Dear Rebbetzin Jungreis,
I was born into a secular family. Neither my father nor my mother had Jewish names and I was never given one either. In college I met the man I knew I would marry. After graduation we rented an apartment in Manhattan. I was a lawyer and found a good job. My boyfriend was a CPA. After six years we felt financially secure and got married.
We were blessed with a son and a daughter and life was not too complicated. We had our conflicts and sometimes even long silences for one reason or another but by and large we had a solid marriage. Then one of my closest friends, who had became observant, gave me a book of yours. I had no intention of reading it so I put it aside. I was never interested in Jewish books and yours remained untouched.
But one day when I was under a great deal of stress I picked up your book and started to read. It captured me and I couldn’t put it down. I told my friend I truly appreciated her gift and that it touched me like no other book ever had.
“Why don’t you come with me to one of the Rebbetzin’s classes and get to know her personally?” she asked. I declined her invitation, telling her I was overwhelmed with work and didn’t have time to go to lectures.
My friend didn’t give up. One day I gave in just to get her off my back, though I’ll admit I was curious to meet you and see what you were really like.
That visit turned out to be life transforming. Your words penetrated my heart. I felt you were speaking directly to me. For the first time I felt my Jewishness. I asked you if you’d sign my book. I remember your welcoming smile as you asked me, “What is your Jewish name?” The question really hit me. It kept echoing in my mind. How is it, I wondered, that I could have lived all these years and never thought my identity was connected to my Jewish name?
Until that day I never quite understood the enormity of the vacuum that existed in my life. That night was an awakening for me. For the very first time I felt a need to connect with my heritage – to know what it meant to be a Jew. I started attending your classes regularly but never asked to speak to you privately. I would sit in the back of the room and try to be as invisible as possible while absorbing every word. I knew that eventually I would have to move on to the next step and act upon the mitzvot.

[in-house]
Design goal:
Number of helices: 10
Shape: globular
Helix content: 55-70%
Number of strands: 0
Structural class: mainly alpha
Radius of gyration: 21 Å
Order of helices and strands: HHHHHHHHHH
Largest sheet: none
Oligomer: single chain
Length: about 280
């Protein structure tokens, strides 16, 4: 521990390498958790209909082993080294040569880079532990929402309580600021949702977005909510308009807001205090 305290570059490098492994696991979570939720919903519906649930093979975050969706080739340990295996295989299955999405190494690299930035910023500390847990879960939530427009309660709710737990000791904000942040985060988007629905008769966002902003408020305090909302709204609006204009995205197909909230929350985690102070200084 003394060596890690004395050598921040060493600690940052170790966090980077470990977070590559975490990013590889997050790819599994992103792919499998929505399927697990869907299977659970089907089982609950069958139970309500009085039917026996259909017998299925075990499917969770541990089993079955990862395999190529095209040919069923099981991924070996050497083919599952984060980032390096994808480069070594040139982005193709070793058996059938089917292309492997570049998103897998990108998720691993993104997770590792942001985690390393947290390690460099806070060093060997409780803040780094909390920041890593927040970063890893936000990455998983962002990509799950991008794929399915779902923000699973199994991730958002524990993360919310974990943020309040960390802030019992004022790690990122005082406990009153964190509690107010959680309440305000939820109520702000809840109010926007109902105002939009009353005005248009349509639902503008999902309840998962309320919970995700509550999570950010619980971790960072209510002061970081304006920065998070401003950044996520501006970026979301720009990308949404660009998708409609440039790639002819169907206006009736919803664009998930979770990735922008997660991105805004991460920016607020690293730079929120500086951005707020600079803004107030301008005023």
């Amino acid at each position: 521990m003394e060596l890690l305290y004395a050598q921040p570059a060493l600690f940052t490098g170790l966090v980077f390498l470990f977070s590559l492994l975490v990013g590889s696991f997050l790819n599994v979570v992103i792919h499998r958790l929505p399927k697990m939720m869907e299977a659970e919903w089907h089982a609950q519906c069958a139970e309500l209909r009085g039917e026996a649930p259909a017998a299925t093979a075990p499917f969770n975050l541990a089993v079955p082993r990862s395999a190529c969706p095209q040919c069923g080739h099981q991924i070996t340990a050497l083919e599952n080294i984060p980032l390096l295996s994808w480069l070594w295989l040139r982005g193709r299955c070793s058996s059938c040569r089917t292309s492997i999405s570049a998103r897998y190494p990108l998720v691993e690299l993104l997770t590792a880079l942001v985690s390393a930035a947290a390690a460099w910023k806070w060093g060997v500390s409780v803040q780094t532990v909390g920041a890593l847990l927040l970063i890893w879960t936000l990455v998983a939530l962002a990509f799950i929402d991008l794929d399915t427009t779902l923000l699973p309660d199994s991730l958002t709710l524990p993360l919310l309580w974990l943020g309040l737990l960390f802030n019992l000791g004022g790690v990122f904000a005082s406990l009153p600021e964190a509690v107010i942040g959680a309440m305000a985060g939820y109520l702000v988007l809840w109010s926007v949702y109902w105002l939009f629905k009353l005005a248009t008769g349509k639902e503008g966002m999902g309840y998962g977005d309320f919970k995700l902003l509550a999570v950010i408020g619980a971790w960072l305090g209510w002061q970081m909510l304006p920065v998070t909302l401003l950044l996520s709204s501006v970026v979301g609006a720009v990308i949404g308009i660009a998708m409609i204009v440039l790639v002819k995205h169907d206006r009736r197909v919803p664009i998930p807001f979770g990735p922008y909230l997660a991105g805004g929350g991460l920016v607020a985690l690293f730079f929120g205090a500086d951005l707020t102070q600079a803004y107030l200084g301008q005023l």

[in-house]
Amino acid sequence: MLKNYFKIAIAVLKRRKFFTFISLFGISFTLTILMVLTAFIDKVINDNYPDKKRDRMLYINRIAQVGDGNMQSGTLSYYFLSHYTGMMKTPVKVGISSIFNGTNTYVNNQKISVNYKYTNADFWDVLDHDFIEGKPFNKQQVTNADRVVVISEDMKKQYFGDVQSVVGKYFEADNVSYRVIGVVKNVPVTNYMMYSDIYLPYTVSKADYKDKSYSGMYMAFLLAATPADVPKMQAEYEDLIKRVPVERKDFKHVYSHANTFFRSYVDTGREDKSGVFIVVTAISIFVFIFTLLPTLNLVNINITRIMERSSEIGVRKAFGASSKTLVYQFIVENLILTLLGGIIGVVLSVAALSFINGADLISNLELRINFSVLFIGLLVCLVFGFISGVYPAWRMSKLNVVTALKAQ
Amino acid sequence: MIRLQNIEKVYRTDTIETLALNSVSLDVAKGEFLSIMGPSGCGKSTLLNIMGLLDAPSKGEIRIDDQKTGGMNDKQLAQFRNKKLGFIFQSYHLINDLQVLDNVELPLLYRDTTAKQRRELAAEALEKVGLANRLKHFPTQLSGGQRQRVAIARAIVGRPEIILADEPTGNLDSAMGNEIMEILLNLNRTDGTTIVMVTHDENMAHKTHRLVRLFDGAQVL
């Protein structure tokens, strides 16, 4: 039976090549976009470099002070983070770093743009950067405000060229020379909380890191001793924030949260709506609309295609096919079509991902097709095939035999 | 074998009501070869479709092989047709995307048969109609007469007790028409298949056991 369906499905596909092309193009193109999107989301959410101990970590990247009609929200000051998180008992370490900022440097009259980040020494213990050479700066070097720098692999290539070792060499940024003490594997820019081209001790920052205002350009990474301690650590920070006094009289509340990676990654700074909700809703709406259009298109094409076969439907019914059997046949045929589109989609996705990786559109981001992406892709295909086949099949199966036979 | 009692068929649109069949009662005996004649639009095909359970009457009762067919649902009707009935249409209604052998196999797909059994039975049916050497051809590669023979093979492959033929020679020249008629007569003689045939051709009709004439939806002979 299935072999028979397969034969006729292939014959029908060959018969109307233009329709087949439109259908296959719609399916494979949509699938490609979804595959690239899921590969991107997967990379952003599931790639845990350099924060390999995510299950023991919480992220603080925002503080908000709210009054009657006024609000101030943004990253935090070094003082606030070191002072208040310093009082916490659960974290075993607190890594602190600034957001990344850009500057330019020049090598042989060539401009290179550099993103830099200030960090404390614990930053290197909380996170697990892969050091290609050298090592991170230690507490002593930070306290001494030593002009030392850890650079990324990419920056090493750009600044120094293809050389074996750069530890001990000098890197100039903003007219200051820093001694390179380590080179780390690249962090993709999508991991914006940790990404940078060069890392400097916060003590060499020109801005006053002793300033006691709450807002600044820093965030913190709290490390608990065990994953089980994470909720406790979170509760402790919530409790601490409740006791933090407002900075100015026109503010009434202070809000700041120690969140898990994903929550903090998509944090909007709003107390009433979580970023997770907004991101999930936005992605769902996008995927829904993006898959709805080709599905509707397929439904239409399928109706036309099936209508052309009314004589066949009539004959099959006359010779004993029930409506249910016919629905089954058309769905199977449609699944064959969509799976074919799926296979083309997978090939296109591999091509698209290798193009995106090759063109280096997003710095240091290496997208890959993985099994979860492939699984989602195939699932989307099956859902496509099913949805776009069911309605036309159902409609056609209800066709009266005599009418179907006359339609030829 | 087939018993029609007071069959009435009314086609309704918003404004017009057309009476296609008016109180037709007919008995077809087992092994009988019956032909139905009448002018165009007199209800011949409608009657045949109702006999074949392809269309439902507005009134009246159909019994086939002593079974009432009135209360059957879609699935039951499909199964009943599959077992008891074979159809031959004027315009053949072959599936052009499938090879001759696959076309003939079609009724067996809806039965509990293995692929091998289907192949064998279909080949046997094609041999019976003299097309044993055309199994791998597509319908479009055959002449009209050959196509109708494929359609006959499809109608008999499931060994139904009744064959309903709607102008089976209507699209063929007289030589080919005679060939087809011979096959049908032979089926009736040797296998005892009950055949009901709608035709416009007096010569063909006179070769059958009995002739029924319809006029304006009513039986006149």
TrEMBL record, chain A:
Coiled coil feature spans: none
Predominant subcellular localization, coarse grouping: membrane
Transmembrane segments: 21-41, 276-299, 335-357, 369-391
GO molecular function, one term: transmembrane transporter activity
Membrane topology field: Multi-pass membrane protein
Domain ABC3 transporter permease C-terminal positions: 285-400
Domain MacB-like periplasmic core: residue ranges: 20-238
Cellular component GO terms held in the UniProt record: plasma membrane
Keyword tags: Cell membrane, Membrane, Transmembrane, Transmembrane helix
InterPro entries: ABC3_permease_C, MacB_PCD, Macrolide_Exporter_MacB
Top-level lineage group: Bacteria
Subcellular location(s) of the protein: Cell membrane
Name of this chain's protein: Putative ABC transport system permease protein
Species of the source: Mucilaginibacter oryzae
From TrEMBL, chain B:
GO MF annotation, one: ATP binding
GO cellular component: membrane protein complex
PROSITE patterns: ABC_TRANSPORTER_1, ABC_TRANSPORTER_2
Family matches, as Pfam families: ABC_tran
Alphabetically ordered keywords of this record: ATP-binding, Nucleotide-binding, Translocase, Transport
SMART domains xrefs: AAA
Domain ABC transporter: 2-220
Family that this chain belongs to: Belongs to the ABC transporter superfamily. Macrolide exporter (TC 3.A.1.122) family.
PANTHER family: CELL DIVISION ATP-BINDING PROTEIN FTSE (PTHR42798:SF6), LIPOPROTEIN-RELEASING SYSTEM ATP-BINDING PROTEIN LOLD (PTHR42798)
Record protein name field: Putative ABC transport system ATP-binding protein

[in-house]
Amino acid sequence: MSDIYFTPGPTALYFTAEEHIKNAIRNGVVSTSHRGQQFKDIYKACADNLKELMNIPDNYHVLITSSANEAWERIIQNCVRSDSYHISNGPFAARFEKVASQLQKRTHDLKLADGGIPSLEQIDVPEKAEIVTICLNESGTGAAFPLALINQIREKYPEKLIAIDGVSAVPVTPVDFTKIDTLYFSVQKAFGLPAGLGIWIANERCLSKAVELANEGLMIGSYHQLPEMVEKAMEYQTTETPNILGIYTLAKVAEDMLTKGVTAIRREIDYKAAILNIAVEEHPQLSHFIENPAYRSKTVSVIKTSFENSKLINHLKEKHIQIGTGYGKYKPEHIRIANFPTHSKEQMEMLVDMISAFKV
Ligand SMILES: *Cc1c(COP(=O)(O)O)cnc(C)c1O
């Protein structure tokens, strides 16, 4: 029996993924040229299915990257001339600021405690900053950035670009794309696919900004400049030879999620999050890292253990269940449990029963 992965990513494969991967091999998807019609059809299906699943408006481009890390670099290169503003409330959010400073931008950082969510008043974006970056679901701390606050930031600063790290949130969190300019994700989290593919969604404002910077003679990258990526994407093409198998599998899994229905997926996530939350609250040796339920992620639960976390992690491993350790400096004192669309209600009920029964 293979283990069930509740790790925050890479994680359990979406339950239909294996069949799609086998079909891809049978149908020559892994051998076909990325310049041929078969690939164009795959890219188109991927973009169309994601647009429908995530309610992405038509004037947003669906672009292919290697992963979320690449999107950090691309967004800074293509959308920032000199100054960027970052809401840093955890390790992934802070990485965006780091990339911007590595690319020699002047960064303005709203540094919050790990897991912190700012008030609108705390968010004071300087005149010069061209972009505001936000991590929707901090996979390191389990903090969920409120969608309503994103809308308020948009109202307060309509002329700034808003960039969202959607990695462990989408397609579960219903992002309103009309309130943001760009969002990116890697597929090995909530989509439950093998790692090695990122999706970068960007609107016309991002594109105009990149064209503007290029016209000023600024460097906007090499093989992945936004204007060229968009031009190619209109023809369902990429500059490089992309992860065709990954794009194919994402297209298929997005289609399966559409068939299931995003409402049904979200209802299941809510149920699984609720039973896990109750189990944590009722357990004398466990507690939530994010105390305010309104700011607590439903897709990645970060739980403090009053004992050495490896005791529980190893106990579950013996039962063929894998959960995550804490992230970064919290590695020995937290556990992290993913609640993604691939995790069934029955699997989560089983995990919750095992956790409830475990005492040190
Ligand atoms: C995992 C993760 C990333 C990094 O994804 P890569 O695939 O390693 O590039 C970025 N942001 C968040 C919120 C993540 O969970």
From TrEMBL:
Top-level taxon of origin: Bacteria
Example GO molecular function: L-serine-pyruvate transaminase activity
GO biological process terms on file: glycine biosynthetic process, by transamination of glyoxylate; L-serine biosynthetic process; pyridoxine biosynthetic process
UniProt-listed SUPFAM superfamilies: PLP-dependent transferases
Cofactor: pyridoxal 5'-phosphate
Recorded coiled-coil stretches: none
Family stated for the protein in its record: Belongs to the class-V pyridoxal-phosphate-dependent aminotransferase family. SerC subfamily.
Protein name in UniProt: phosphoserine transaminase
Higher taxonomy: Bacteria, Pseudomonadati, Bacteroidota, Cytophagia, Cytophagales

Then my husband was transferred to his firm’s Florida office. It was difficult to adjust at first. My friends were all in New York. It was hard for my children as well. They had to acclimate to a new school and new friends. I missed your classes but I had your weekly broadcasts on the Internet to look forward to. I joined a small but warm and embracing synagogue. I continued to study Torah as I did at Hineni in New York and with each day I became more and more committed to my Judaism.
With the passage of time I became observant of the mitzvot. At first it was kashrus. I bought new pots, pans and dishes. Consequently I had my first real fight with my husband over Judaism. He liked bacon and seafood. He enjoyed going out to dinner in non-kosher restaurants. I asked him to please respect our Torah. He argued that I was imposing a lifestyle on him he never wanted. I realized that to some extent he was right. I argued, however, that while it was true that when we got married Judaism had no place in our lives, it did not mean we were bound to that way of life forever.
I became shomer Shabbos and asked him not make a mockery of the holy day. He didn’t care. He continued to drive, watch television and do all the other things one does on a weekday. When I asked him to come to the Shabbos table to make Kiddush over wine, he became livid. He wouldn’t hear of it. I was concerned that our children would be misled and confused. I was worried that if our children saw their father violating our Jewish traditions they would emulate him and reject a Torah way of life.
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